But... have you ever thought about what Lazarus was feeling?
Did something like an electric current run through Lazarus' heart? Was he overjoyed at being restored to life? Or... is it just possible that the principal thought in Lazarus' mind was, "Oh, no... not again"?
Was Lazarus thrilled by being raised from the dead, or is it possible that he had settled down for an eternal snooze; that he had embraced the peace of the grave and was not all that thrilled by having to go back to the 9 to 5 grind, the "heart-ache and the thousand natural shocks that flesh is heir to"?
I want to suggest to you that the story of the raising of Lazarus is John's way of summing up Jesus' message to Nicodemus: You must be born again.
The story of Lazarus is about the possibility of new birth, second chances, starting all over again. But it is also about our resistance to those possibilities.
You and I become wedded to the routine, the every day. We become resistant to new ideas and new ways of doing things.
It goes without saying that I have no idea what it is like to give birth, but I'm told that it is not easy. How could it be easy? It takes nine months? It is accompanied by a multitude of aches and pains. Labor can go on for more than 24 hours.
Our evangelical friends tell us that we can be born again in the blink of an eye. Really? Spiritual gestation is that easy and quick? I don't think so.
Christ Church is going through a season of new birth, and it is going to be a long and difficult process. There is some resistance here to God's invitation to us to new life.
I strongly suspect that both Lazarus and Nicodemus were Episcopalians. There is a reason that we are called the "frozen chosen"! Put yourself in Nicodemus's place. Imagine Jesus saying to you, "You must be born again." Now think about that for a minute. If you were born again, you would not get to choose the new life to which you will be born. You would have to give up your present life. Everything would change. I wonder if Nicodemus thought: "Born again? Give up my status, my position in the world? Thanks very much, but I like my life the way it is."
Or put yourself in the place of Lazarus. The tomb is a peaceful place. Perhaps his life had been hard and challenging. Perhaps he had suffered from a chronic, debilitating, painful illness. Death might have come as a blessed release. Then, suddenly, Lazarus was thrust back into the midst of the hustle and bustle of the world, the reality of bills to pay, chores to perform, a job to do. I imagine he had mixed feelings about obeying Jesus' summons to come forth.
God is summoning this church to new life. I say this with profound love for all of you and for this church: There is some resistance to change and new life. There are patterns of conflict that are deeply embedded in this church's culture. And the fuel for conflict is rumor and gossip. Sisters and brothers, we must change these patterns. We must let our life together be ruled by truth and transparency. We must let our speech about each other proceed from love and charity. And when we do that, the conflict will end.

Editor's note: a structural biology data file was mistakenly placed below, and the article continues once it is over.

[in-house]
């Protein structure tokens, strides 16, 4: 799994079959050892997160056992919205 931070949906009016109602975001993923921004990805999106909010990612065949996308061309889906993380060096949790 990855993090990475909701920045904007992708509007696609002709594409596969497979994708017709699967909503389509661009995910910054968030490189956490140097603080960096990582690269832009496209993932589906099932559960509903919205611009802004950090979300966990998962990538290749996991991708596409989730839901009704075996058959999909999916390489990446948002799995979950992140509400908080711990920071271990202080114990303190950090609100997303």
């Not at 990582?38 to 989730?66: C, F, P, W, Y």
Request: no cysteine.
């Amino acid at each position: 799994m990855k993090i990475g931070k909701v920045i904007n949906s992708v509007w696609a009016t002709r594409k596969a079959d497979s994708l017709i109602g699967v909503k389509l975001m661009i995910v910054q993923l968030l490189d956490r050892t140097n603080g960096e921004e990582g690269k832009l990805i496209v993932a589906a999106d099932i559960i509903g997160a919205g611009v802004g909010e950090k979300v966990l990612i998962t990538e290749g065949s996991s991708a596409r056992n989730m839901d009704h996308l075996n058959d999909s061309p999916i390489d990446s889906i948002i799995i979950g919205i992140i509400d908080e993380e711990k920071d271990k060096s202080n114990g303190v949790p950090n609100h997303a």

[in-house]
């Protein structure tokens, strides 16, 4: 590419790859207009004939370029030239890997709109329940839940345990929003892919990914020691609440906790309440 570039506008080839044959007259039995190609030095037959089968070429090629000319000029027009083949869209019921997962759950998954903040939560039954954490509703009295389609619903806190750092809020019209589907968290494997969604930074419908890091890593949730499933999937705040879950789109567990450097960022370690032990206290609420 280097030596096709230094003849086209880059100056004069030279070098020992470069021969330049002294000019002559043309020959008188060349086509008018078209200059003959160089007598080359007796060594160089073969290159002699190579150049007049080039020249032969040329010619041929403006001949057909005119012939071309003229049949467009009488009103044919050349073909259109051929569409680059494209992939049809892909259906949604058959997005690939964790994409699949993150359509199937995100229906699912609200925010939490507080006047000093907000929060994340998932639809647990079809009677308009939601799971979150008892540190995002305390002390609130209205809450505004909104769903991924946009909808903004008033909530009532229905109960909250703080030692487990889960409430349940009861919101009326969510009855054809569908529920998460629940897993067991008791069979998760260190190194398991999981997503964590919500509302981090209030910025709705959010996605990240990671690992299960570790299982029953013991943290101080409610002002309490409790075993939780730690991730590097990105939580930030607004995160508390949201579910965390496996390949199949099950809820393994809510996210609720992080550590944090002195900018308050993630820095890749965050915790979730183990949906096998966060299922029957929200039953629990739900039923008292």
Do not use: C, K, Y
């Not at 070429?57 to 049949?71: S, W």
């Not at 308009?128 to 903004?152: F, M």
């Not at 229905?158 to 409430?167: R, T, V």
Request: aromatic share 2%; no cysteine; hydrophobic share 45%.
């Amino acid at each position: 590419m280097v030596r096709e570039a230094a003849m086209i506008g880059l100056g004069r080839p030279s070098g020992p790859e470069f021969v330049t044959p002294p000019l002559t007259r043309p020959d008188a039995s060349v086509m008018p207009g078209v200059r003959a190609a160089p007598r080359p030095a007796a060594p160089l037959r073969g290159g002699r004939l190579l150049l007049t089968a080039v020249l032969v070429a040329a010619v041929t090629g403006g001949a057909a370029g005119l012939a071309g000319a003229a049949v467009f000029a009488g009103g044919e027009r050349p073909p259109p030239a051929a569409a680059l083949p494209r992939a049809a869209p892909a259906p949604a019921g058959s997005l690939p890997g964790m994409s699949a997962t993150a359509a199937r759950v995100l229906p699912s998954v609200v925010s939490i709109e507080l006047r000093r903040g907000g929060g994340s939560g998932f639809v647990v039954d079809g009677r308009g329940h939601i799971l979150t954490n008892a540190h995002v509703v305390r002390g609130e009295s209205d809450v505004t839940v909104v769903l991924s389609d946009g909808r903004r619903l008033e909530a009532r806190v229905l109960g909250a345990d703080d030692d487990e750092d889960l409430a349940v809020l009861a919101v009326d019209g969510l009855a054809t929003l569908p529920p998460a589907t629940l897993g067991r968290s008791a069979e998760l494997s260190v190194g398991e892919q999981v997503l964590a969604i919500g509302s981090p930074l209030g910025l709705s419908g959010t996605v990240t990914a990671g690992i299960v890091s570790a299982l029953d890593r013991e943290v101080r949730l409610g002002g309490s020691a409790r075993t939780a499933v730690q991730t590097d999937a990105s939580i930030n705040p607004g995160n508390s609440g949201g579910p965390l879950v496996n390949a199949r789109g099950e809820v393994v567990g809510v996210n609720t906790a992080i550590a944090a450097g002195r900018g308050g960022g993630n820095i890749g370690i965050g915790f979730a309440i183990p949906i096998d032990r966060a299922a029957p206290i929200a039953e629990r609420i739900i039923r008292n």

Now, imagine what will happen if we accept Jesus’ invitation to be born again. The Book of Signs transitions into the Book of Glory. The invitation to be born again, to die to our old lives, is also an invitation to share God's glory.
Now, what about the great mystery at the heart of the Fourth Gospel? Who wrote it? Who was the disciple whom Jesus loved, the beloved disciple? Who was he... or she?
Listen to these words from the story of the raising of Lazarus: When Martha summons Jesus to come and heal her brother, she says, "Lord he whom you love is ill." And when Jesus receives her message, the text says, "Now Jesus loved Martha and her sister and Laz'arus." And when Jesus weeps, the bystanders say, "See how he loved him."
Is it possible that Lazarus was the "beloved disciple"? Who better to tell the story of Jesus than the one he raised from the dead? Who better to summon us from death to the new life that Jesus offers? And who better to tell us of how difficult and painful it may be to be born again?
Jesus is summoning us to new life. He is summoning this church to new life. Will we accept his invitation? Will we have the courage and faith and strength it will take to die to our old patterns of conflict and to be born anew to a life of grace and love and truth?
I pray that we will hear and respond when Jesus summons us to new life as he summoned Lazarus to come forth from the tomb, because he also summons us to share his glory, the glory of God's only begotten Son, full of life and truth.